Friday, 12 August 2022

I Interviews

Interview: Regina Scott

Can you provide a brief description of A Distance Too Grand?

A Distance Too Grand is a romantic adventure that pits a spunky lady photographer against the determined Army engineer who once courted heras they seek not only to survey the North Rim of the Grand Canyon but to uncover its secrets. Their work will test their resolve, their faith, and the love neither completely left behind.


Scott ReginaWhy did you choose the Grand Canyon as the setting for A Distance Too Grand?

Photographers were critical to the U.S. Army’s surveys of the West. Some of our best early pictures of Yosemite, Yellowstone, and other scenic wonders came from those commissioned photographers. I wanted to give Meg Pero, my heroine, something equally amazing to photograph. What better than the majesty of the Grand Canyon?


A Distance Too Grand is book one in the American Wonders Collection. Which other national parks will you be featuring in your novels?

Book two will be set in Yellowstone, book three in my own backyard—Mt. Rainier.


Meg faces some hardships as a photographer in the 1870s. Can you please expound on the type of struggles she encountered?

Although women were successfully leading their own photography studios in the bigger cities by the 1870s, few would have been accepted on an Army expedition. The rugged travel over lands with no roads, the chance that clean water might not be found or hunting would prove challenging, and the sometimes rough companionship of the trail meant women were generally considered unsuitable for the role of expedition photographer. Then too, the profession itself was not without its difficulties. Cameras, particularly those for landscapes like the Grand Canyon, were massive and heavy. The chemicals used to develop the plates were toxic. All the more reason for us to be in awe of what early photographers like Timothy O’Sullivan created.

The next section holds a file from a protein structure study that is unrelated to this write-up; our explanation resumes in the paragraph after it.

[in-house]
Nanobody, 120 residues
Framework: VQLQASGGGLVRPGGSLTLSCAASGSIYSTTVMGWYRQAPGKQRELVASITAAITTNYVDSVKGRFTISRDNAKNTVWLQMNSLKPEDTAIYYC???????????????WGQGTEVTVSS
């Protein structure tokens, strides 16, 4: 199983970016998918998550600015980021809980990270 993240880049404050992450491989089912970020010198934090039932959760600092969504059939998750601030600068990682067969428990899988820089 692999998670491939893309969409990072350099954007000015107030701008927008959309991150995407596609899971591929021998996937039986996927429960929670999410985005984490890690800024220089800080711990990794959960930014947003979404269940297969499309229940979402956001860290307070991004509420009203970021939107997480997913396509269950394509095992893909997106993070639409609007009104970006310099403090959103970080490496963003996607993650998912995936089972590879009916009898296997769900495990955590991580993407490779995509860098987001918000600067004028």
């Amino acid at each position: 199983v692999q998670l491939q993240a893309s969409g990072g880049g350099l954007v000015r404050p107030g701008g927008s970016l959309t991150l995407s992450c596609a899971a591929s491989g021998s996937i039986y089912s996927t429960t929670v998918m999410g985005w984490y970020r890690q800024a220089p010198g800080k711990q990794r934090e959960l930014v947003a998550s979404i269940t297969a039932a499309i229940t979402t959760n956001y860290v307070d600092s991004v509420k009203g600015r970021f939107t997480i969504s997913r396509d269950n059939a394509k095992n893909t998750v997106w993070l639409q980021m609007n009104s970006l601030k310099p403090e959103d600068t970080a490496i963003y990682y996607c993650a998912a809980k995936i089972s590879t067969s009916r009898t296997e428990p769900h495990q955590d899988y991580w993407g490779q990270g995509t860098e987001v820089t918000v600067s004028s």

Do you have a favorite character in A Distance Too Grand? Who is it and why?

Though I’m always close to my heroine and hero, one of my favorite characters is Dot Newcomb, the expedition cook. Dot has been working with her cartographer husband for years. She knows what the army expects and what she can manage with the supplies and rations she’s been given. And she isn’t afraid to speak her mind! Dot will be your best encourager, the one who has your back. Just don’t get between Dot and her cinnamon.


What type of research was required for writing your new novel?

A wide variety! I studied what plants were historic to the North Rim and the slopes as you descend from it into the Canyon. I poured over maps to confirm camping sites, springs, and trails. I looked up details on the U.S. Army surveys—the procedures, equipment, and results—as well as who led them, what they wore, and how they lived on the survey. And I had to find something for a lady to wear riding sidesaddle over

difficult terrain at a time when bustles were the rage, but you were allowed only one small trunk for two months on the trail and little time to wash!


You have written more than 45 historical romances. What do you enjoy the most about writing historical novels?

As you could probably tell from my last answer, I love the research! Discovering our past opens my mind to so many ideas. People haven’t changed much over the hundreds of years I generally write about. But the world and their place in it has. Like the Grand Canyon, we need to preserve these precious details.


What do you hope readers gain from reading A Distance Too Grand?A Distance Too Grand Book Cover

I hope they are swept away to another time, another place, that they marvel like Meg and Ben over the grandeurs of creation, and that they root for Meg and Ben to learn the truth about his father and their love.


What is next on your writing to-do list?

I’m starting the research phase for the second book in the series, set in Yellowstone in 1886, when the U.S. government gave control of our country’s first national park to the cavalry to stop the predation by poachers, hunters, and vandals. My book features a heavyhearted cavalry officer assigned there, who recruits a beleaguered widow running one of the first hotels in the park to be his guide.Those two wounded hearts could lead to one powerful love.


How can readers connect with you?

Readers can find me online at my website at, on Facebook at, and blogging at

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